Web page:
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Applied marketing . Session 5. Yummy Bar 12.50 kc. Choco -Bar 9.90 kc. What does Price do?. Names Terms of Exchange Signifies Quality Shapes the Value of the Product How? Motivating consumer to rethink and better understand what they are being offered.

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Applied marketing

Yummy Bar 12.50 kc

Choco-Bar 9.90 kc

What does price do
What does Price do?

  • Names Terms of Exchange

  • Signifies Quality

  • Shapes the Value of the Product

    • How?

    • Motivating consumer to rethink and better understand what they are being offered

What you need to know before determining price
What you need to know before determining price

  • Costs

  • Competitors

  • Customers and Value

  • Corporate Strategy

The 3 c s and pricing models
The 3 C’s and Pricing Models


  • Markup pricing

  • Going-rate pricing

  • Perceived-value pricing

  • Value pricing

  • Premium pricing

  • Auction-type pricing

Analyze competitors costs prices and offers
Analyze competitors’ costs, prices and offers

  • Consider the nearest competitor’s price

  • Evaluate worth to customer for differentiated features

  • Judge whether the customer will be willing to pay more

  • Anticipate response from competition – what would you do in competition’s place?

Where do customers perceive value
Where do customers perceive value?

  • Features

  • Buyer’s image of product performance

  • Ability to deliver on time

  • Warranty

  • Customer support

  • Supplier reputation

  • Trustworthiness and Reliability

  • Esteem

  • End user of the product

Strategic decisions the pricing objective
Strategic Decisions: the pricing objective

  • Survival

  • Maximum current profit

  • Maximum market share

  • Maximum market skimming

  • Product-quality leadership

Price adaptation strategies
Price-adaptation strategies

Geographical pricing


Promotional pricing

Differentiated pricing

Bundle pricing

Communicating with customers by using price
Communicating with Customers by Using Price

  • Commodification = Products become “commodities”

    • Skepticism, routinized behavior, minimal expectations, prefer swift and effortless transactions

    • All product dimensions are equally palatable, differences are not worth investigating

    • Not about products, but about customers (vs. actual commodities)

    • Objective is to reengage buyer who is past caring

    • Tires, Explosives, Car Insurance

Using price change parameters
Using Price – Change Parameters

  • Adjust price structure to clarify advantages

  • Move away from “units sold” model

  • Examples

    • Goodyear, price on “miles/km” expectation, rather than engineering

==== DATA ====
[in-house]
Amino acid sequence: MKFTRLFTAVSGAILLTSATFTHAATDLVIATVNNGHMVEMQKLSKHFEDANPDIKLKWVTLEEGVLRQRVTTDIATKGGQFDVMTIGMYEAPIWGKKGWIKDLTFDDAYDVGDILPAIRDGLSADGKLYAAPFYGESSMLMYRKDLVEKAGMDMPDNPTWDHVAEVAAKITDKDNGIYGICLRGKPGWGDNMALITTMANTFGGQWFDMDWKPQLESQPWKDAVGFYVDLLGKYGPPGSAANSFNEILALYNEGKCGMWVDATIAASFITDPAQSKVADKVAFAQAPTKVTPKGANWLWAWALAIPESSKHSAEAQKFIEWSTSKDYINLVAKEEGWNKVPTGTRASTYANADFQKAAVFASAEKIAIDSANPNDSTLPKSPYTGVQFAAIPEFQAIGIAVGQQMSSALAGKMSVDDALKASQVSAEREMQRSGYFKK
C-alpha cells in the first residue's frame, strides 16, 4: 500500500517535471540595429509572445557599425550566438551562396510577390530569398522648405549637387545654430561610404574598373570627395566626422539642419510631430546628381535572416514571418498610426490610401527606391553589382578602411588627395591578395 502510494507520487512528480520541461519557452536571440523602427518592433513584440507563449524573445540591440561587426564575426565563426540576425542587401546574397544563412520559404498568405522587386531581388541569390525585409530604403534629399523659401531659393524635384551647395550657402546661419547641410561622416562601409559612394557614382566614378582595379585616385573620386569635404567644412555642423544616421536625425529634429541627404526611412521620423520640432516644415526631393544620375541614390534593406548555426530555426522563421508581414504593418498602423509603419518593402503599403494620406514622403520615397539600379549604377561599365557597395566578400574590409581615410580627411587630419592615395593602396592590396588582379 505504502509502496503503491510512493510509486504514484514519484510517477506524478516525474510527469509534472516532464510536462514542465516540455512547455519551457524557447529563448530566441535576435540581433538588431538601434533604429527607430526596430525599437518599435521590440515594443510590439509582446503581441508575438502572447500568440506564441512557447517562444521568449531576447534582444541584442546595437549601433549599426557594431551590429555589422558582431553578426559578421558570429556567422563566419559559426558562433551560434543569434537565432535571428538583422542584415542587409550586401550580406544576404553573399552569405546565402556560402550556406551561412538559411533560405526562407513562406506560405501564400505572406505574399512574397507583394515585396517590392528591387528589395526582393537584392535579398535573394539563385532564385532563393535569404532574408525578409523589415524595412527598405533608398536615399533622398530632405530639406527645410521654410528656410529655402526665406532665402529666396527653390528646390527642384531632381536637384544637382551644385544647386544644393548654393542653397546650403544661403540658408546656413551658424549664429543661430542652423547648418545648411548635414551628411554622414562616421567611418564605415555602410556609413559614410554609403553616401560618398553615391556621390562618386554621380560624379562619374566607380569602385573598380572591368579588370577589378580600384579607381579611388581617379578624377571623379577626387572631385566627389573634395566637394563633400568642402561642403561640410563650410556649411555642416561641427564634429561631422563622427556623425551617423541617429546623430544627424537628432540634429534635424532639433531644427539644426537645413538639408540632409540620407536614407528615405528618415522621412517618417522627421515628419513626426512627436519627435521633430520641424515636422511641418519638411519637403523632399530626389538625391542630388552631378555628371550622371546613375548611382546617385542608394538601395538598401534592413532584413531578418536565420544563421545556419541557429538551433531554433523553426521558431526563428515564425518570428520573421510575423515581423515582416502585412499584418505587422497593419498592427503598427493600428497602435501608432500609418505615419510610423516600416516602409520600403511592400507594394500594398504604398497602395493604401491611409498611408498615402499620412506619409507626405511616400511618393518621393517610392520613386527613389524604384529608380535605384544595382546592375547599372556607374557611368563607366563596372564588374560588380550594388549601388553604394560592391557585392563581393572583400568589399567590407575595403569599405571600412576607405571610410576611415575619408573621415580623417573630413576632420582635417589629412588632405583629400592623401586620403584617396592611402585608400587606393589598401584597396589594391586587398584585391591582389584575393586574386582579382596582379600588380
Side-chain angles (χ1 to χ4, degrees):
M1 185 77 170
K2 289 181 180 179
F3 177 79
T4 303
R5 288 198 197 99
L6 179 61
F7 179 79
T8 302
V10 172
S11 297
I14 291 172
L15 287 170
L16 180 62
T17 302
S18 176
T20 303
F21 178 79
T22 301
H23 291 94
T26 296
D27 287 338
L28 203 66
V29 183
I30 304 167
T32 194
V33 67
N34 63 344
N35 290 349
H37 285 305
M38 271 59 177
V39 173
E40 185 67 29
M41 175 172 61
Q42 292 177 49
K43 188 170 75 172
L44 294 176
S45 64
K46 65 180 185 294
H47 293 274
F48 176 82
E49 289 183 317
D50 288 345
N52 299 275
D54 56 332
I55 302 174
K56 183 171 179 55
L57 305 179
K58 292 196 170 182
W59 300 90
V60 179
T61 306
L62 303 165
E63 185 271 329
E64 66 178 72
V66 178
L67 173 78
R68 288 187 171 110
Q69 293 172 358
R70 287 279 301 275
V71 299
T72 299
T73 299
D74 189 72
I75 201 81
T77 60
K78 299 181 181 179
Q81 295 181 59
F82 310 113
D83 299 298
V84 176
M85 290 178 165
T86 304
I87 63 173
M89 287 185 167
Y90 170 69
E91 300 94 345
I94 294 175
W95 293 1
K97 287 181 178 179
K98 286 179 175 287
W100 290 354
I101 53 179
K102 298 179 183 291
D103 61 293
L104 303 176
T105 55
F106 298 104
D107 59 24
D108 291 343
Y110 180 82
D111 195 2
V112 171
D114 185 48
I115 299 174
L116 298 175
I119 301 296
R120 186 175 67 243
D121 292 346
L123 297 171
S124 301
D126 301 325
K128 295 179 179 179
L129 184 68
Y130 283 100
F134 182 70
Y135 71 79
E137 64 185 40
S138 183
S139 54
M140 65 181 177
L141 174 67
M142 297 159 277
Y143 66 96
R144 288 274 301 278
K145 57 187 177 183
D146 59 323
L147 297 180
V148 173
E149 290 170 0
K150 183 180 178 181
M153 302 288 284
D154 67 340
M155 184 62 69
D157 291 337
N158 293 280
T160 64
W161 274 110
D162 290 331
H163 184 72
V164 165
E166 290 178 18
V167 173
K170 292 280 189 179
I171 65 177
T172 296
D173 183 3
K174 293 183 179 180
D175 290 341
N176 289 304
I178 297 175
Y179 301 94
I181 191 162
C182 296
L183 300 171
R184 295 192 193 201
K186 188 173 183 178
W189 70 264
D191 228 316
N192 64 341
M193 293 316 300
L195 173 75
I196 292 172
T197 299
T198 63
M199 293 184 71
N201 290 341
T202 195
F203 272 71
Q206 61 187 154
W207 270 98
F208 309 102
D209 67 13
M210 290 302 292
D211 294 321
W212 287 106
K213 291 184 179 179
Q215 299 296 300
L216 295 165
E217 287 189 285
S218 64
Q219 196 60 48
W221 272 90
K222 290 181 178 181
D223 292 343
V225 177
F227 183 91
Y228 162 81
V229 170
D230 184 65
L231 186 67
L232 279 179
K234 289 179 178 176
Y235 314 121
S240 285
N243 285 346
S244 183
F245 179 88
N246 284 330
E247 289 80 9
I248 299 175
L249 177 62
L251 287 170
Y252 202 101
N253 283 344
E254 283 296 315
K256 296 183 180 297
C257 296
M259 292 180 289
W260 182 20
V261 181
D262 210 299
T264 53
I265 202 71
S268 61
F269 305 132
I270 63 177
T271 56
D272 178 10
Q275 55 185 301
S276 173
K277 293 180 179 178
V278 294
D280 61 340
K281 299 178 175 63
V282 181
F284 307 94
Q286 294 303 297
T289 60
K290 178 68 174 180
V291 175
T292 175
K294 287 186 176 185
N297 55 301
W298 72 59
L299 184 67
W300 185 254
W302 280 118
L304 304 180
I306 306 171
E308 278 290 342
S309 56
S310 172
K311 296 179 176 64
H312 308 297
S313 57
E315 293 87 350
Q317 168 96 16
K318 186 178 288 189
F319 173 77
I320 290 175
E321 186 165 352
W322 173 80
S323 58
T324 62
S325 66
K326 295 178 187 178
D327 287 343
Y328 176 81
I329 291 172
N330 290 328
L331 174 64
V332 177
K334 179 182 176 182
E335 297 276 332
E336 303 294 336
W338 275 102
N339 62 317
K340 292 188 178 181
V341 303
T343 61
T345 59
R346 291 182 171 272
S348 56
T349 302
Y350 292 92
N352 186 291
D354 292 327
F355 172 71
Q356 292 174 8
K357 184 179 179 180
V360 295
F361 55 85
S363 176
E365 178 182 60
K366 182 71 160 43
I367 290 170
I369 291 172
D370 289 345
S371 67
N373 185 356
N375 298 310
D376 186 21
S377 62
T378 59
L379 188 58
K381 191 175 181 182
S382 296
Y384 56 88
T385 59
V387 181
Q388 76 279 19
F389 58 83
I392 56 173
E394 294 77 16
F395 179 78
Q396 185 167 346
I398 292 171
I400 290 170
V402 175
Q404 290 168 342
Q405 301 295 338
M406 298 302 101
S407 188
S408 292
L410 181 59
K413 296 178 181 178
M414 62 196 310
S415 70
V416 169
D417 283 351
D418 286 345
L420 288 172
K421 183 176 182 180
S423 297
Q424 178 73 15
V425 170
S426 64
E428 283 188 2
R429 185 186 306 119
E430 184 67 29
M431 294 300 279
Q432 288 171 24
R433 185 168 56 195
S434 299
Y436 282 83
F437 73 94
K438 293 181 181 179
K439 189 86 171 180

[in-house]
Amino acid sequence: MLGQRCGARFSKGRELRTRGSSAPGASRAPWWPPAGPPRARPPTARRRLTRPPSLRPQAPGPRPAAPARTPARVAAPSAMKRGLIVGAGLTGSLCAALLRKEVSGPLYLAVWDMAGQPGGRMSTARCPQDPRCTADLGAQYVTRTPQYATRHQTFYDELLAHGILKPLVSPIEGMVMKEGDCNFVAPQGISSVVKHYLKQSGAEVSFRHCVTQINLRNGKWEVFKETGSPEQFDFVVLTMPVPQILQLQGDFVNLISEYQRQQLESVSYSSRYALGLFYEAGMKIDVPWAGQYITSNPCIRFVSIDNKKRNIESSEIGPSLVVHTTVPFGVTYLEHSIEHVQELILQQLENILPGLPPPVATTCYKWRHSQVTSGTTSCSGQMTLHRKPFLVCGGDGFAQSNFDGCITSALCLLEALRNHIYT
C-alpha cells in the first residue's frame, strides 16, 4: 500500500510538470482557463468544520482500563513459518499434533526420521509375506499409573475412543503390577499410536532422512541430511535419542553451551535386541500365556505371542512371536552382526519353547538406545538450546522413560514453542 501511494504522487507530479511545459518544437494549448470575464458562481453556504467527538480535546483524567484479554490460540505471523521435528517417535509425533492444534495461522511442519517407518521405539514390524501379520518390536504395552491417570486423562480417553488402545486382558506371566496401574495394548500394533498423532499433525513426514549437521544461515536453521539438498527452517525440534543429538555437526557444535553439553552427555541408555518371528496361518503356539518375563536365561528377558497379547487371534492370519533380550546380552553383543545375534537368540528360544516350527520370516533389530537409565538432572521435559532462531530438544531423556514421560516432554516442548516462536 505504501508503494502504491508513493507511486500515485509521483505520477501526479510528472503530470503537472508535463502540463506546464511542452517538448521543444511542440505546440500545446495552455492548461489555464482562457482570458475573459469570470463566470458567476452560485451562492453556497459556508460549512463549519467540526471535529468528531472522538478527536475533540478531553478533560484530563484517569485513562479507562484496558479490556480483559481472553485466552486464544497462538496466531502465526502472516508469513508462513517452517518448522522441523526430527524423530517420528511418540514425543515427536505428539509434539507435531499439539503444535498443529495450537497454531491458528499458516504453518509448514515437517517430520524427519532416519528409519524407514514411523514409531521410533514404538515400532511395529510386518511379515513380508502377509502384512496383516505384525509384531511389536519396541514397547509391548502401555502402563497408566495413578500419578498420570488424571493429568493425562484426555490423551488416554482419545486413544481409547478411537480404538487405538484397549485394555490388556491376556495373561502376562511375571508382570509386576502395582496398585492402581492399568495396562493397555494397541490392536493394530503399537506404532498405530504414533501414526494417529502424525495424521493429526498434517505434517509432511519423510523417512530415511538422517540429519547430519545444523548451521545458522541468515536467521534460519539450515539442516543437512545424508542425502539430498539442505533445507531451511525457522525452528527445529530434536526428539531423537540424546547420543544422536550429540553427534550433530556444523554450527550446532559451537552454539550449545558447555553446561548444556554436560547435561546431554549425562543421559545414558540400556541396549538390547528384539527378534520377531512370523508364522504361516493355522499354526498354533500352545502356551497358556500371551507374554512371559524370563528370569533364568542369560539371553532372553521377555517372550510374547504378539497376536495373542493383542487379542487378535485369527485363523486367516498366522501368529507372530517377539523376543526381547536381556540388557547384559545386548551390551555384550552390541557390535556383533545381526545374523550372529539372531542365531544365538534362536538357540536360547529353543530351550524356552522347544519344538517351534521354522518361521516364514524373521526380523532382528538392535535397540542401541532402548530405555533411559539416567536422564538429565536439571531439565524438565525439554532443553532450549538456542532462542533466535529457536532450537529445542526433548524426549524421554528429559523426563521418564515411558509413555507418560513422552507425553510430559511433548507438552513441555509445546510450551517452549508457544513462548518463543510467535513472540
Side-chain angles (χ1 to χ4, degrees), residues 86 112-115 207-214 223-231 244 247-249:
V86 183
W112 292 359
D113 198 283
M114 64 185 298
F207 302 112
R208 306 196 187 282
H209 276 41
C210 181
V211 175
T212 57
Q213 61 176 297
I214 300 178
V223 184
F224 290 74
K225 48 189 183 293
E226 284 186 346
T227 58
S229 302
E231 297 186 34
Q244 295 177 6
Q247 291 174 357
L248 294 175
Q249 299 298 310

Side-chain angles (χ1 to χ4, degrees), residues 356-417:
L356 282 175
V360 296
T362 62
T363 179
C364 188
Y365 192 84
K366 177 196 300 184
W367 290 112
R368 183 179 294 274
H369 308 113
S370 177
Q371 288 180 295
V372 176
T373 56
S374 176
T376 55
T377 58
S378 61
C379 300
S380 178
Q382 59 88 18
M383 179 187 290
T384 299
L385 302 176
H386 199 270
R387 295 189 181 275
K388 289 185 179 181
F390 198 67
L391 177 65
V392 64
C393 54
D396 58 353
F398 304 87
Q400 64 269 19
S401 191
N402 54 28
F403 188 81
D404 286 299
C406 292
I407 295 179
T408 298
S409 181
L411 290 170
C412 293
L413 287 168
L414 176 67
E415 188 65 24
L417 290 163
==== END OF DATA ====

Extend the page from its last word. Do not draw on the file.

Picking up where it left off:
• Orica, price on fragmentation of rock rather than explosive

    • Norwich Union, insurance based on miles driven, rather than risk

Using price overpricing
Using Price - Overpricing

  • Thought-provoking effect of moderate overpricing (50% to 80%)

  • Consumer: “Why is this so much more expensive?”

  • Revives considerations and recall of other features

  • Apple computers, Starbucks, etc.

Using price partitioning
Using Price - Partitioning

  • Use partitioning to highlight overlooked benefits

  • Showing broken down pricing can cause consumers to revise behavior

  • Unbundling

    • Cable television (channels, set top box, internet)

    • Low cost airlines (flight, luggage, food)

Using price single price point
Using Price – Single Price Point

  • Customer focuses on choice, rather than price

  • Swatch -- which is right for me?

  • iTunes

Using price free
Using Price – Free

  • Power of Free

  • Free $10 gift certificate, or seven dollars for a $20 gift certificate

  • Amazon France

    • Shipping for 1 Franc (vs. free)

Presenting the price
Presenting the price


  • Use a comparison

    • TiVo (VCR vs. Computer)

    • $200 vs. $1000

  • Apple iPhone

    • $600 to $400

    • Anchor high value


  • ‘Left to right’ pricing ($299 versus $300)

  • Odd number discount perceptions vs. Even number value perceptions

  • ‘Sale’ written next to price

  • Limited availability

What is a brand
What is a brand?

A brand is a name, term, sign, symbol or design or a combination of them, intended to identify the goods or services of one seller or group of sellers and to differentiate them from those of competitors.

Distinguishing between brand identity and brand image
Distinguishing between brand identity and brand image

  • Brand identity is the way a company aims to identify or position itself or its product or service; the visual or verbal expressions of a brand which leads to the psychological or emotional associations that the brand aspires to maintain in the minds of the consumer.

  • Brand image is the way the public actually perceives this aim.

The role of brands for firms 1
The role of brands – for firms (1)

Legal protection

Create loyalty

Serve as a competitive advantage

Secure price premium

The role of brands for firms 2
The role of brands – for firms (2)

Increase marketing efficiency

Attract employees

Elicit support from channel partners

Help segment markets

The role of brands for customers
The role of brands – for customers

Signify quality level

Facilitate purchasing

Reduce risk